Serraj says new ministers will be chosen based on their competence and integrity

(LibyaNN)- The war-weary country is plagued by water shortages and power blackouts that snuff out air-conditioners in the searing summer heat.

During a speech broadcast on the GNA's official Al-Rasmiya television channel, Sarraj backed Libyans' "legitimate right" to protest and said he was determined to fight corruption.

"New ministers will be chosen based on their competence, abilities and integrity," Sarraj said, vowing to take "exceptional measures" to carry out the reshuffle if it were opposed.

"We acknowledge... our share of responsibility" for the deterioration of the situation, he added, but also said the crisis "has been going on for years".

The situation has been compounded by the novel coronavirus pandemic, which has depressed global oil prices and spread in the country despite social distancing measures.

The protests began days after the country's warring rival administrations announced separately that they would cease all hostilities and hold nationwide elections.

Stephanie Williams, spokeswoman for the UN mission in Libya, admitted to the existence of financial bribes at the Libyan Political Dialogue Forum in Tunis and that it has been turned over to the the head of the U.N.

The spokesperson for the UN mission, in a statement on the social network Facebook, confirmed that the United Nations will not allow the parties to the conflict in Libya to interrupt the political dialogue, indicating that many dissuasive measures will be taken to do so.

Previously, several members of the Libyan Political Dialogue Forum had filed a complaint with the UN Support Mission in Libya, calling for the suspension of the membership of those involved in corrupt practices.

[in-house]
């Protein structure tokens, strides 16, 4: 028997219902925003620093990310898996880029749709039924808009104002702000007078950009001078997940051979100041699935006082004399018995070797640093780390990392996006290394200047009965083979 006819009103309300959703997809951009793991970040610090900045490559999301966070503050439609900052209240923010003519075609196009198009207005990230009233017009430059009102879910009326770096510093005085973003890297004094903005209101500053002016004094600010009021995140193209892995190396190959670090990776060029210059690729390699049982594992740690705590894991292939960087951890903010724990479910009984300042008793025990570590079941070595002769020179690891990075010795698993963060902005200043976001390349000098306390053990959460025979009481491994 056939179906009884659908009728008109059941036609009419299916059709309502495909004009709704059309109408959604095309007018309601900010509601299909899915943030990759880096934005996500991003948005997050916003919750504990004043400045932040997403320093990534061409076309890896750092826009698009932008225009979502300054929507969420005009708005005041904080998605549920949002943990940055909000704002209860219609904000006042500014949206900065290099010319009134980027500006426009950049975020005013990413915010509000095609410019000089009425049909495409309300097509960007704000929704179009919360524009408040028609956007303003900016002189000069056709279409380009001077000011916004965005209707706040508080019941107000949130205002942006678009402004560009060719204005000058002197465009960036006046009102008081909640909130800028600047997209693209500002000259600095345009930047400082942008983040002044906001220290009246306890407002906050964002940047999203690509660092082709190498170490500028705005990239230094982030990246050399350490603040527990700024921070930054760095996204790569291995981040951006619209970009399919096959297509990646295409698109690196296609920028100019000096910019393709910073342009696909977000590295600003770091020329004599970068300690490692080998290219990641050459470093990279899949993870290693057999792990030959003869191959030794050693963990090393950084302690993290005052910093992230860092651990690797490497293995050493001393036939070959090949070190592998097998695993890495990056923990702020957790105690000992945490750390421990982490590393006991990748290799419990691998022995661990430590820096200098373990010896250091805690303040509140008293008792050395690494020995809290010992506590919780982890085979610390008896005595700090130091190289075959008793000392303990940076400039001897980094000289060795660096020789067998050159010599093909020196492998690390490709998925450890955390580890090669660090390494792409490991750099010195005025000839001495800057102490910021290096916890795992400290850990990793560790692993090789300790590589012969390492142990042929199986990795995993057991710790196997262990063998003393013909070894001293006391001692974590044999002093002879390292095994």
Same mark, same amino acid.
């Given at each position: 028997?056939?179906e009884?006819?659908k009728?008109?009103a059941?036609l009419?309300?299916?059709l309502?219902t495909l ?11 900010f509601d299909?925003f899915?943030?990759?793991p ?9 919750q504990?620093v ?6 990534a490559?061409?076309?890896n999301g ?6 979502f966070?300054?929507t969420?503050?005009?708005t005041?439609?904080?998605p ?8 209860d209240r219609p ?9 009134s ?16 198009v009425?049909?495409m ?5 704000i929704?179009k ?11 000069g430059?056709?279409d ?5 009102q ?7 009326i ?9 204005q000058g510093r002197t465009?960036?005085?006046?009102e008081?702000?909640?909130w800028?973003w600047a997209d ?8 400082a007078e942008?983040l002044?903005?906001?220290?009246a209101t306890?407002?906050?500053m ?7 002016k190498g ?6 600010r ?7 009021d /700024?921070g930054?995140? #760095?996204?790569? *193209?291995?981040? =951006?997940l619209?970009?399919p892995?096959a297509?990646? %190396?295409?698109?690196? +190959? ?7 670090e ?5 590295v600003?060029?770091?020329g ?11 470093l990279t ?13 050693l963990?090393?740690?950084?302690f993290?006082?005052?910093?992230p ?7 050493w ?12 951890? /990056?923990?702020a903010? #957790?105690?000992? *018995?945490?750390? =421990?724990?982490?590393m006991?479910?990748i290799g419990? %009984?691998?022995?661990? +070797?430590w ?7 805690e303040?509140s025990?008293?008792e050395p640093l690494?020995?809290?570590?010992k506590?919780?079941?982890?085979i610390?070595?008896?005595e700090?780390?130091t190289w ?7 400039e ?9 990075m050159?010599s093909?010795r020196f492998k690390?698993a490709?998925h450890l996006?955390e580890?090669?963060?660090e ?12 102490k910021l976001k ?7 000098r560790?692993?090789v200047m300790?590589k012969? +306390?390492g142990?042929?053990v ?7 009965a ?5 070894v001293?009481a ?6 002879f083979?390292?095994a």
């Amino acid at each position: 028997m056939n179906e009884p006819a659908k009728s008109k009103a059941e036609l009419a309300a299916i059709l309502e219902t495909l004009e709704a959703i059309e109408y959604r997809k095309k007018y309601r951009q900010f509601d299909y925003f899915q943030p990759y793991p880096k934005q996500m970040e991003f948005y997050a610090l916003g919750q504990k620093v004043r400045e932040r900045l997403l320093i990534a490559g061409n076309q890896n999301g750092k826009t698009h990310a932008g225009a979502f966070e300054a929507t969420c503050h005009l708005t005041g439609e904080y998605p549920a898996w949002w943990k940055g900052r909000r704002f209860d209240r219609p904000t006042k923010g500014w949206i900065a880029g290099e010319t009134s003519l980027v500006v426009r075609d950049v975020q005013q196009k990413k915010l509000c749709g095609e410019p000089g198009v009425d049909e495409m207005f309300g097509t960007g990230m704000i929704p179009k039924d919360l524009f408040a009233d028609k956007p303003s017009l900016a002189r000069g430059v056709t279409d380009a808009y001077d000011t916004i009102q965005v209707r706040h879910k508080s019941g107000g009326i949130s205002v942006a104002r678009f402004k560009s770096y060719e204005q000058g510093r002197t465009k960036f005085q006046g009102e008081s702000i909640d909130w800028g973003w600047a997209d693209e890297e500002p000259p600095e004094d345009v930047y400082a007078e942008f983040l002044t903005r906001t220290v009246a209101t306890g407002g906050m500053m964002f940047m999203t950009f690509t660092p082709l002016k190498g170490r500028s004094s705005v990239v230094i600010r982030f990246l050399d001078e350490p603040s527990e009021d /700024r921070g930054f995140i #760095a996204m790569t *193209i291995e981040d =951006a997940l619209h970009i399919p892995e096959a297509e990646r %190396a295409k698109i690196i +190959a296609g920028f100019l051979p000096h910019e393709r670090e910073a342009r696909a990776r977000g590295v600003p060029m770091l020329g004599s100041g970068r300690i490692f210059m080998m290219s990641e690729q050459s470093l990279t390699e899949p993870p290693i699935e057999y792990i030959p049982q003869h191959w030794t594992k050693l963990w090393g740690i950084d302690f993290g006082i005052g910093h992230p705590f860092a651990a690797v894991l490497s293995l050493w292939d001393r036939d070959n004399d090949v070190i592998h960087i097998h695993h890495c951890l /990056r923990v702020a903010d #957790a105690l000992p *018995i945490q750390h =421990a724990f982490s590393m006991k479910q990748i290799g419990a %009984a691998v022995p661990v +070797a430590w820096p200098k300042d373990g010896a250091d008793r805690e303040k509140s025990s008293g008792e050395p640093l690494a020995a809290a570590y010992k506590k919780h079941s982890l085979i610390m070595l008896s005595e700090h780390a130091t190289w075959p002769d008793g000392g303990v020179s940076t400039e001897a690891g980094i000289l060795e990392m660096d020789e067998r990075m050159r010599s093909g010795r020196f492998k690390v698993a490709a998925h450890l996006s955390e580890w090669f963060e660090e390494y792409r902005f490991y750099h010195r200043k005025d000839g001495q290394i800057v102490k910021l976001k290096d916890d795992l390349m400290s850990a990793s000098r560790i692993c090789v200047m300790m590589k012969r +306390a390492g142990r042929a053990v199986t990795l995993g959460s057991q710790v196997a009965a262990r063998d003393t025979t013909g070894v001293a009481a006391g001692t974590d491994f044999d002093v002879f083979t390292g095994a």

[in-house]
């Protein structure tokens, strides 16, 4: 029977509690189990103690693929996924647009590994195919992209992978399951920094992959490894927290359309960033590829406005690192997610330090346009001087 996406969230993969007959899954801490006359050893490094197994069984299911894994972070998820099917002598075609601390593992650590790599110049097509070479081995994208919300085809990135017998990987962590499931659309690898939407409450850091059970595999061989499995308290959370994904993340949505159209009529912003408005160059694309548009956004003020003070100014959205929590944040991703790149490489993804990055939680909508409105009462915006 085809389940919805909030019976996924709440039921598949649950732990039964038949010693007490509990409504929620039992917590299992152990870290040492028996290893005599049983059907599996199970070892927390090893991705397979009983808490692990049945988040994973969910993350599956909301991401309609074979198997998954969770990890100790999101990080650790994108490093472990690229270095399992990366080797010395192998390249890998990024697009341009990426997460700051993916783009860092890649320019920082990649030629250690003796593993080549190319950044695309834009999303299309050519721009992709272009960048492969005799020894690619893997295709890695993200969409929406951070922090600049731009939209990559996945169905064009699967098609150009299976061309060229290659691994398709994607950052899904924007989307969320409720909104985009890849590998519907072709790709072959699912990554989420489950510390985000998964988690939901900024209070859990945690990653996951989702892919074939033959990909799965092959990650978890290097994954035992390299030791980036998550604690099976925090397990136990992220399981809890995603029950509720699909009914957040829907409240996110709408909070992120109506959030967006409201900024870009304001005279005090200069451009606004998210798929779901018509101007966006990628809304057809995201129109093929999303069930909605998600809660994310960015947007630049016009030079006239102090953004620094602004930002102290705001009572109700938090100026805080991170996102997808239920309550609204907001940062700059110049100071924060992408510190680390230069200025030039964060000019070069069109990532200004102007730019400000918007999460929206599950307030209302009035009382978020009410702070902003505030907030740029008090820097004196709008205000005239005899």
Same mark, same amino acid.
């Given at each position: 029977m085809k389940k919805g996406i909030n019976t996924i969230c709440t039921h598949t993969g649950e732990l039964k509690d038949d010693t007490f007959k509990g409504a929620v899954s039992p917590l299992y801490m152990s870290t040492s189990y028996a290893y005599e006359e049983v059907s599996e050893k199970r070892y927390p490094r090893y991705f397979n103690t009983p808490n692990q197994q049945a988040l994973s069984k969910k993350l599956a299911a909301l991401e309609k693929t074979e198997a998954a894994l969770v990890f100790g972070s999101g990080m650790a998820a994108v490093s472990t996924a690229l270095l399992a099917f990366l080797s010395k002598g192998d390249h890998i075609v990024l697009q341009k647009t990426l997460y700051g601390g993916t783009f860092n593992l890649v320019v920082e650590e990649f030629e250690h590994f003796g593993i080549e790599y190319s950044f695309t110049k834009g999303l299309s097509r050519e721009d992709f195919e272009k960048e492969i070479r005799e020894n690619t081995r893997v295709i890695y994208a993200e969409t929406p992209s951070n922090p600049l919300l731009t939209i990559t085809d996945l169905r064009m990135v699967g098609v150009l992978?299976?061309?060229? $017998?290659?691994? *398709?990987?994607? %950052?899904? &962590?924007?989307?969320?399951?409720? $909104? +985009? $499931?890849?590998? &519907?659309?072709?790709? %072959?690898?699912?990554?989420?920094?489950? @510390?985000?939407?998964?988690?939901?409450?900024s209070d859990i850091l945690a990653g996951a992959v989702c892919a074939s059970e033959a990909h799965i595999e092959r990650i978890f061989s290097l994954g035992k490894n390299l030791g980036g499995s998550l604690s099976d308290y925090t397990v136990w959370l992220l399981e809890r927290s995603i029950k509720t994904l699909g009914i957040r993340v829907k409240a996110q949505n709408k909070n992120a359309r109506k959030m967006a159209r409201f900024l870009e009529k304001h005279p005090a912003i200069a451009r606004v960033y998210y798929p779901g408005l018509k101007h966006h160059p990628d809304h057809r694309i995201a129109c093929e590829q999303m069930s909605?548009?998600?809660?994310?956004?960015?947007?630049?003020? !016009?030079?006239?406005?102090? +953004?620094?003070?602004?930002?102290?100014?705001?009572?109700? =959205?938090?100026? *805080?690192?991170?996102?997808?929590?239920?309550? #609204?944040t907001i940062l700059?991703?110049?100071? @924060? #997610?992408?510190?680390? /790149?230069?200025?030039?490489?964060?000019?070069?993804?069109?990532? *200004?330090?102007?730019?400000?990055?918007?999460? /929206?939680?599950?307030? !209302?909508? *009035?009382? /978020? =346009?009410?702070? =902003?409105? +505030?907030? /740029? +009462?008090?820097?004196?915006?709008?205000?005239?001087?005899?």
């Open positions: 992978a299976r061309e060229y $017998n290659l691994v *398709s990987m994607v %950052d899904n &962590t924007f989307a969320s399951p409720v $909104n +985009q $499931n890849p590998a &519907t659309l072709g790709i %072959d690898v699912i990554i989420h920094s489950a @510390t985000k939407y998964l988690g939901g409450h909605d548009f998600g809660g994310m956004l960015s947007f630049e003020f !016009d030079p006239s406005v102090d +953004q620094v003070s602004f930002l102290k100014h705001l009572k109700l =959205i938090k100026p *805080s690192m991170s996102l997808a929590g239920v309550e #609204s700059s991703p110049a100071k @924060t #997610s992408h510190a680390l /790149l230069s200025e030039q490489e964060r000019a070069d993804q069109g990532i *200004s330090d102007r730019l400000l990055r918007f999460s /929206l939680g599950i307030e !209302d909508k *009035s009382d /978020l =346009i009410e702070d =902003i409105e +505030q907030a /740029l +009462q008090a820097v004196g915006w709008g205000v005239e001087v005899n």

The complaint also calls for the suppression of the use of political money and bribery of conference participants to support certain parties in winning the agreement.

Libyans have been marching in Tripoli in protest against deteriorating living conditions and corruption, amid a heavy security presence.

The demonstrators, who included teenagers and children, marched in the capital and converged on Martyrs' Square.

They are angry about the extended shortages of power, water and fuel, and demand that corrupt officials be put on trial.

There is no electricity, no water, the cost of living is high, there are no salaries," said a woman who took part in the march. "Today we called for the reform and improvement of the living conditions of the Libyan people, the cleansing of government institutions from the corrupted," explained a protester.


The demonstration took place even after Fayez al-Sarraj, head of the UN-recognised Government of National Accord (GNA), sought to appease protesters on Monday by announcing he would conduct a cabinet reshuffle.